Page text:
And of course Matt Damon is back, and even more wonderful than usual. Pardon my gushing. Jason Bourne is, of necessity, a man of few words, but Matt always seems to find ways to grow the character even without saying much, and he does an excellent job here. Okay, gushing’s over.
Since Supremacy, Jason has been in search of his past, following his trail as much as he remembers it. And he’s remembering more now, surreal little images of interrogation rooms and mysterious faces. He travels the globe chasing these clues, and the CIA can only act nervous about it. Seriously, he tells them where he’s going to be and when, and they’re lucky they can even get a glimpse of him, never mind kill him. Meanwhile, British journalist Simon Ross (Paddy Considine, Hot Fuzz, Cinderella Man) has found a high-level source willing to talk about Treadstone, and Jason Bourne’s name is suddenly in the newspapers.

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Able to leap tall buildings in a single bound…

Then basically everyone runs into each other. Nicky runs into Jason in Madrid, home of her new CIA posting (I’m not sure why they didn’t gently but firmly shove her out the door after Supremacy, but apparently they let her stay around for some reason), and she immediately sacrifices her career to help Jason — not that that’s any surprise to anyone, I’m guessing. Pam Landy runs into Noah Vosen (and that’s a scary collison, let me tell you), Jason runs into several fellow-assassins (except the CIA calls them ‘assets’), and lots of cars run into each other. Several bad guys also collide, but that’s from Jason throwing them at each other. Jerky and blurry as they are, those hand-to-hand fight scenes are still intense.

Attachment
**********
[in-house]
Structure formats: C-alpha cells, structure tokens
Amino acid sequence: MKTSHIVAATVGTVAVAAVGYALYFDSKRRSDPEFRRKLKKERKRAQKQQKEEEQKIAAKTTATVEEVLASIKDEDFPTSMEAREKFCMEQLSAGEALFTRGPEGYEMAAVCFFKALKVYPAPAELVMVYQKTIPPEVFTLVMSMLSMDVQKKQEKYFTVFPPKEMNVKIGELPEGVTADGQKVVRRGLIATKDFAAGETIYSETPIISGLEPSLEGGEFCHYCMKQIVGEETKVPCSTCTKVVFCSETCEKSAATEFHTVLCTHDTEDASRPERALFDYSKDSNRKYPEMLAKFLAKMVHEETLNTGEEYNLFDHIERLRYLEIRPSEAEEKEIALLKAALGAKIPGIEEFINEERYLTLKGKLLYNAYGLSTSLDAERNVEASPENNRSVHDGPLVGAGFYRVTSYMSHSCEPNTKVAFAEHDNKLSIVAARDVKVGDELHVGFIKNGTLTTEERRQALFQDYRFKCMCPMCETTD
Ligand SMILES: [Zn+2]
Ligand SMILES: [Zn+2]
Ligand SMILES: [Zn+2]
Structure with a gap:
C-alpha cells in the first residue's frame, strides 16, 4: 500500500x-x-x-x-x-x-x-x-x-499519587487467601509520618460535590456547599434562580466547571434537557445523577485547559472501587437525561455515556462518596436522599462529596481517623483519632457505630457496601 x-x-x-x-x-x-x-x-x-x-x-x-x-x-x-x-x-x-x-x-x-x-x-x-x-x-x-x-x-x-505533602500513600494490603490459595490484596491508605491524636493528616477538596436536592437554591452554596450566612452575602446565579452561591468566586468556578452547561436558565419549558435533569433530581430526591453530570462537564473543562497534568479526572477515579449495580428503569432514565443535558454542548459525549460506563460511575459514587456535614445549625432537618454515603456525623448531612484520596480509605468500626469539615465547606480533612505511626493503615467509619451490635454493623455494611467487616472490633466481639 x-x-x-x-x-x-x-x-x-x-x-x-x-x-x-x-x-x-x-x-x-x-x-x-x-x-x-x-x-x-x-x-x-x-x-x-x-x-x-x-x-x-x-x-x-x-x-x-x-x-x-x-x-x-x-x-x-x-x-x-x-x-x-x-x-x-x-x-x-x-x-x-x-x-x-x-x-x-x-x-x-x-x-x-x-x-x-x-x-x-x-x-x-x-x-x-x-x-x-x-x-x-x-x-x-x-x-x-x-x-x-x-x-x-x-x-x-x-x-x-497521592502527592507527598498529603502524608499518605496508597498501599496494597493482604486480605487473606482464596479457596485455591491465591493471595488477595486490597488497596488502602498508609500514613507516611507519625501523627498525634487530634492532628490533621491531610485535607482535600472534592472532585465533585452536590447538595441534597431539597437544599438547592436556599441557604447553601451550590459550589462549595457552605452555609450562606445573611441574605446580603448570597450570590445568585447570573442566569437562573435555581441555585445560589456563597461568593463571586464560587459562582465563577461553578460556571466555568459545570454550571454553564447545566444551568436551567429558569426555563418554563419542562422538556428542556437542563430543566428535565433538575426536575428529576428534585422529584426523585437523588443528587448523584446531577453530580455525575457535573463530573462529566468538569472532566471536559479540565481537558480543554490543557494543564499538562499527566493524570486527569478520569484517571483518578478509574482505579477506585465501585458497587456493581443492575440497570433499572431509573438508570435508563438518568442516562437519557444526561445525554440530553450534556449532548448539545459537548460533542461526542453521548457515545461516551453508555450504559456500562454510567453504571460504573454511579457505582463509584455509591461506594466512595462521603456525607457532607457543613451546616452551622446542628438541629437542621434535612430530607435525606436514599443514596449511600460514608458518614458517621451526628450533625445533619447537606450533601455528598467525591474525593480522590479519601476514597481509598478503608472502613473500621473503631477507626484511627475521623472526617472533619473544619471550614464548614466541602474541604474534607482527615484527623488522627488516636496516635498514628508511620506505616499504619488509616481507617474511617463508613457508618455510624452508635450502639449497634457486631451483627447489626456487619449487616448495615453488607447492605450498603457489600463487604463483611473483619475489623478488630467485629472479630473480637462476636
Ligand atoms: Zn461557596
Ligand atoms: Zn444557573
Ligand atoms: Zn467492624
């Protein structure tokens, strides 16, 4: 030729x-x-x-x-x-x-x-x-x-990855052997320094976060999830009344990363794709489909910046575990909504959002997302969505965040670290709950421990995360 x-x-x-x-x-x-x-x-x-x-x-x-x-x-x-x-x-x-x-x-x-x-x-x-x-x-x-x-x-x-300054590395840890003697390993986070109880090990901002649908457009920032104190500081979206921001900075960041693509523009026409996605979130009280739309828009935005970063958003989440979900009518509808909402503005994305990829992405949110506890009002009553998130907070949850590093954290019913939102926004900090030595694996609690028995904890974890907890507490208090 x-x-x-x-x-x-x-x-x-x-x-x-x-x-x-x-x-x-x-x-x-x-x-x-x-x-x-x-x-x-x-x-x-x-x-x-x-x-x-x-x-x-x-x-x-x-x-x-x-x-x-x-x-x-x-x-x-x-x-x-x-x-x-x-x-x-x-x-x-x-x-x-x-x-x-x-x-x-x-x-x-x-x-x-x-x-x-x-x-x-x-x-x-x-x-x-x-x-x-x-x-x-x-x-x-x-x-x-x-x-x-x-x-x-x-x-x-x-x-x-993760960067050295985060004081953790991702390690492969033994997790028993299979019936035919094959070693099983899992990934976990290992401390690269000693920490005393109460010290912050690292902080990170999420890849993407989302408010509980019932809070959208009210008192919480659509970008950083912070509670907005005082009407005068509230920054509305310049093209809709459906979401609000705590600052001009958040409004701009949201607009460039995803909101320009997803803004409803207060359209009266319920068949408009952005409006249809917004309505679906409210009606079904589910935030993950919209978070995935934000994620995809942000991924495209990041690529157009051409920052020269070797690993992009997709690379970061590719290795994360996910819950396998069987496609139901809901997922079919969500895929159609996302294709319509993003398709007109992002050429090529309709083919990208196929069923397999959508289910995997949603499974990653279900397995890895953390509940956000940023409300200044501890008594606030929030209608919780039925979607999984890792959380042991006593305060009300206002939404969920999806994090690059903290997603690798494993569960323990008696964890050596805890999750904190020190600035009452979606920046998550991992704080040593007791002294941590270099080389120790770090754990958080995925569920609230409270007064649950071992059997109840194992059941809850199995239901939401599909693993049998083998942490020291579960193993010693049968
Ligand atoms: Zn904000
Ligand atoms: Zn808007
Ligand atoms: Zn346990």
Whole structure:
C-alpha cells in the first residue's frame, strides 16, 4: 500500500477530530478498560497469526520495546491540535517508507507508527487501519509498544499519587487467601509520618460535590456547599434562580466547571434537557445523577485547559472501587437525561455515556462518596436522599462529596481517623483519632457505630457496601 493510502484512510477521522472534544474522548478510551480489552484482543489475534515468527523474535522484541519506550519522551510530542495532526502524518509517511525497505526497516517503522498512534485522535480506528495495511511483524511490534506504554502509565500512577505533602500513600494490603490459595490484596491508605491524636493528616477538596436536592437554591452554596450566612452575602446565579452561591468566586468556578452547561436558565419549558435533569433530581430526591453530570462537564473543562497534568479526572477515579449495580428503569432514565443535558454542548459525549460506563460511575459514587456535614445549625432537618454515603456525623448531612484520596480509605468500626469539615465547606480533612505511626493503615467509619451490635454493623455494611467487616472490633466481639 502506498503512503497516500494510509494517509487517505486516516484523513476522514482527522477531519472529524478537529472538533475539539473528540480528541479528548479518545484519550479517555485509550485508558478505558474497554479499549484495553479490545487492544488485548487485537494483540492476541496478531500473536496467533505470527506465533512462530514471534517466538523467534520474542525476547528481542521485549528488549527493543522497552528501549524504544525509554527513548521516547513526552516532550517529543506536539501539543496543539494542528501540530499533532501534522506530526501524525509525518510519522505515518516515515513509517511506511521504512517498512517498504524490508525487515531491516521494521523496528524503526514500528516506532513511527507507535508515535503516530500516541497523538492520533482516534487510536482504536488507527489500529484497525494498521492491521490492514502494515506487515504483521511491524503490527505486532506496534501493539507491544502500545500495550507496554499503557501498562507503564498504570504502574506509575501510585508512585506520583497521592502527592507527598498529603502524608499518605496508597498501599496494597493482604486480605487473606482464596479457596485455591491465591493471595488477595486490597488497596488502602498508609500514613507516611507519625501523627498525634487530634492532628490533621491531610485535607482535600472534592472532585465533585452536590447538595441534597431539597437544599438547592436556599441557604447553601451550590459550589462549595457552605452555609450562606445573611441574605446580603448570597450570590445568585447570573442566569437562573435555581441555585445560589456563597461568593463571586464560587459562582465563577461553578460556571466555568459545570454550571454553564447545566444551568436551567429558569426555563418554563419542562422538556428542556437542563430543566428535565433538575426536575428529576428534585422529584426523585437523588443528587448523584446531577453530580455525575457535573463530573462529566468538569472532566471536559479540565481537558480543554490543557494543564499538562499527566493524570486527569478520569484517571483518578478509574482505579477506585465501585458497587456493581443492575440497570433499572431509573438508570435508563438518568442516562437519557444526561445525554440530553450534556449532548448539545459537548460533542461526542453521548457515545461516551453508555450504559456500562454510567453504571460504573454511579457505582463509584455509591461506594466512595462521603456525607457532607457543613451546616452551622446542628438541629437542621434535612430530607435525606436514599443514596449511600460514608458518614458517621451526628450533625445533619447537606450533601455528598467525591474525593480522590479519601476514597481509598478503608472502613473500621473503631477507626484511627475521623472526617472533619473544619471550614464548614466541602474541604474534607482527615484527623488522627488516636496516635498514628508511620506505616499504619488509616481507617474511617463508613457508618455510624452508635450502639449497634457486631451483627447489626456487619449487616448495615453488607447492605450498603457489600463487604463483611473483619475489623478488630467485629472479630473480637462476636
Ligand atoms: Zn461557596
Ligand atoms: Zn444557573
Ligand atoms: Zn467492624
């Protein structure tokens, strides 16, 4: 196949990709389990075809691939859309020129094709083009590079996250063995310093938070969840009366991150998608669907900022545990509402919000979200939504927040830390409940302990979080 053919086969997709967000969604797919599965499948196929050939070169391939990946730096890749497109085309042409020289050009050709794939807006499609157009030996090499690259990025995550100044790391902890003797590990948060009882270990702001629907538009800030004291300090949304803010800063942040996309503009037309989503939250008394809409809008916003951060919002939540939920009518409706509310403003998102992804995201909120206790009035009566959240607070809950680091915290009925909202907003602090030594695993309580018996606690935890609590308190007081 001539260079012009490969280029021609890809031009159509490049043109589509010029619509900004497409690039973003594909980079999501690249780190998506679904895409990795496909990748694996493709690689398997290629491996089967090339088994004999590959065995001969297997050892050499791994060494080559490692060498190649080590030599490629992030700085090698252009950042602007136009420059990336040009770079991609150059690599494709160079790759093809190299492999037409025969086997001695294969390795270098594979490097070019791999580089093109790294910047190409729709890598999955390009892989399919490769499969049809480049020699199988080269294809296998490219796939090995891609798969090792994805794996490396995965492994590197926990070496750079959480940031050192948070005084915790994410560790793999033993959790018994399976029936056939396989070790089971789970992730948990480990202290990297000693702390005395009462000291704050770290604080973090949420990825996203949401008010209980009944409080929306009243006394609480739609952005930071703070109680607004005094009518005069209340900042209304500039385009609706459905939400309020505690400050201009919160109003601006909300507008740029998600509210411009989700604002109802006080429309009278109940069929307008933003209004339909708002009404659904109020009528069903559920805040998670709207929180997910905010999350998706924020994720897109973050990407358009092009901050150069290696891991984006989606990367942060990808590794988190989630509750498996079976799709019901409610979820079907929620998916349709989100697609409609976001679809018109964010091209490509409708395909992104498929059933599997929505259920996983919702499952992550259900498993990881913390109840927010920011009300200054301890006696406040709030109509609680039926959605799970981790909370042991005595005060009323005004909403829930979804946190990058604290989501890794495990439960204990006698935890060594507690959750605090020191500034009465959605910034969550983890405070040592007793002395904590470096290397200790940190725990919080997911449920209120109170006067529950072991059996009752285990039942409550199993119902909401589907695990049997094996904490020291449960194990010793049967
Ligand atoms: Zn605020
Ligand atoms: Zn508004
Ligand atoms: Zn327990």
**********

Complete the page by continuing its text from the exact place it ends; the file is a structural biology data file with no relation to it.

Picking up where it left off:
Basically, the action never lets up. Even the quieter moments (generally my favorites) are tense, and you’re just waiting for something to explode or someone to burst in. It’s maybe a little too much action, a little too over the top in places, but overall, the Bourne series is still much more realistic than the Bond series. As much as I’ve liked the series, though, this is the place to end it, so I hope they don’t try to squeeze out another one. I’m still annoyed that they killed off Marie, but at least they handled it well. Jason obviously hasn’t forgotten her, or how she tried to help him rebuild his life.
Four idols here. It thankfully doesn’t quite fall into the trap of just repeating everything from previous movies, though it comes too close for comfort sometimes. Still, one of the best scenes in the film is an encounter between Jason and a random agent on his trail that echoes the scene with Clive Owen from The Bourne Identity, and it’s just about perfect. If you’ve seen that movie, you probably know the lines I mean, that somehow manage to catch the whole underlying theme in a few words, about who you are, where you draw the line between duty and morality, and how you can kill people and still (maybe) live with yourself. But enough philosophy — the English major in me escaped for just a moment. Go see the film, and enjoy. And don’t forget the dramamine.